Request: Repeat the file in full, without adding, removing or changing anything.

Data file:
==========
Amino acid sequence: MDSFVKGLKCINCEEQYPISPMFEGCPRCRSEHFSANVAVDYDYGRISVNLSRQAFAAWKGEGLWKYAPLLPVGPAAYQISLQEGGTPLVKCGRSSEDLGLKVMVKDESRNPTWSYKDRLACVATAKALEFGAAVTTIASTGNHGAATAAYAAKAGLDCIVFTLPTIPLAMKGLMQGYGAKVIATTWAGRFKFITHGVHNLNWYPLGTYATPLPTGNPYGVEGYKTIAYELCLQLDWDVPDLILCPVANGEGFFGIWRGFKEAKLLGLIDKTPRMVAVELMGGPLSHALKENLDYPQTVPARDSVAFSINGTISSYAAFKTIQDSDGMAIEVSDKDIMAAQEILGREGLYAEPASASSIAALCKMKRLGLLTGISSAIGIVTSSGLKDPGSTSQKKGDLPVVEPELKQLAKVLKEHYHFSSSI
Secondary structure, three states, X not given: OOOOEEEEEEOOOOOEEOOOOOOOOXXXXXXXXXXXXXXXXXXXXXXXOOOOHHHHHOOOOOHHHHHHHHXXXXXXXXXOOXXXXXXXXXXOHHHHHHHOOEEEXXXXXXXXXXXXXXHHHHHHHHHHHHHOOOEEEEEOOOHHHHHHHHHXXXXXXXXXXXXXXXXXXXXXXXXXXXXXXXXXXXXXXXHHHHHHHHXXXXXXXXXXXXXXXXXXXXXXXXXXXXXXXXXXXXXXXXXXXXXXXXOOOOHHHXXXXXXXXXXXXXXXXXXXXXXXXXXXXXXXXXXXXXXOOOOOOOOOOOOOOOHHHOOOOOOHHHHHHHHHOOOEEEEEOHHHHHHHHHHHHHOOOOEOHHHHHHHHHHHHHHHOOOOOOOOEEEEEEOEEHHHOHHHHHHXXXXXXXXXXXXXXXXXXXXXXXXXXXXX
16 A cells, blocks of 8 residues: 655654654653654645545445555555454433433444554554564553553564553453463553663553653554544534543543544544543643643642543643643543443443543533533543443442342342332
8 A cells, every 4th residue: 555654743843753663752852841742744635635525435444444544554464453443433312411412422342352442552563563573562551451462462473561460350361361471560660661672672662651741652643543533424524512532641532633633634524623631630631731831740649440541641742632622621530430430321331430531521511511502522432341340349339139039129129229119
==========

Amino acid sequence: MDSFVKGLKCINCEEQYPISPMFEGCPRCRSEHFSANVAVDYDYGRISVNLSRQAFAAWKGEGLWKYAPLLPVGPAAYQISLQEGGTPLVKCGRSSEDLGLKVMVKDESRNPTWSYKDRLACVATAKALEFGAAVTTIASTGNHGAATAAYAAKAGLDCIVFTLPTIPLAMKGLMQGYGAKVIATTWAGRFKFITHGVHNLNWYPLGTYATPLPTGNPYGVEGYKTIAYELCLQLDWDVPDLILCPVANGEGFFGIWRGFKEAKLLGLIDKTPRMVAVELMGGPLSHALKENLDYPQTVPARDSVAFSINGTISSYAAFKTIQDSDGMAIEVSDKDIMAAQEILGREGLYAEPASASSIAALCKMKRLGLLTGISSAIGIVTSSGLKDPGSTSQKKGDLPVVEPELKQLAKVLKEHYHFSSSI
Secondary structure, three states, X not given: OOOOEEEEEEOOOOOEEOOOOOOOOXXXXXXXXXXXXXXXXXXXXXXXOOOOHHHHHOOOOOHHHHHHHHXXXXXXXXXOOXXXXXXXXXXOHHHHHHHOOEEEXXXXXXXXXXXXXXHHHHHHHHHHHHHOOOEEEEEOOOHHHHHHHHHXXXXXXXXXXXXXXXXXXXXXXXXXXXXXXXXXXXXXXXHHHHHHHHXXXXXXXXXXXXXXXXXXXXXXXXXXXXXXXXXXXXXXXXXXXXXXXXOOOOHHHXXXXXXXXXXXXXXXXXXXXXXXXXXXXXXXXXXXXXXOOOOOOOOOOOOOOOHHHOOOOOOHHHHHHHHHOOOEEEEEOHHHHHHHHHHHHHOOOOEOHHHHHHHHHHHHHHHOOOOOOOOEEEEEEOEEHHHOHHHHHHXXXXXXXXXXXXXXXXXXXXXXXXXXXXX
16 A cells, blocks of 8 residues: 655654654653654645545445555555454433433444554554564553553564553453463553663553653554544534543543544544543643643642543643643543443443543533533543443442342342332
8 A cells, every 4th residue: 555654743843753663752852841742744635635525435444444544554464453443433312411412422342352442552563563573562551451462462473561460350361361471560660661672672662651741652643543533424524512532641532633633634524623631630631731831740649440541641742632622621530430430321331430531521511511502522432341340349339139039129129229119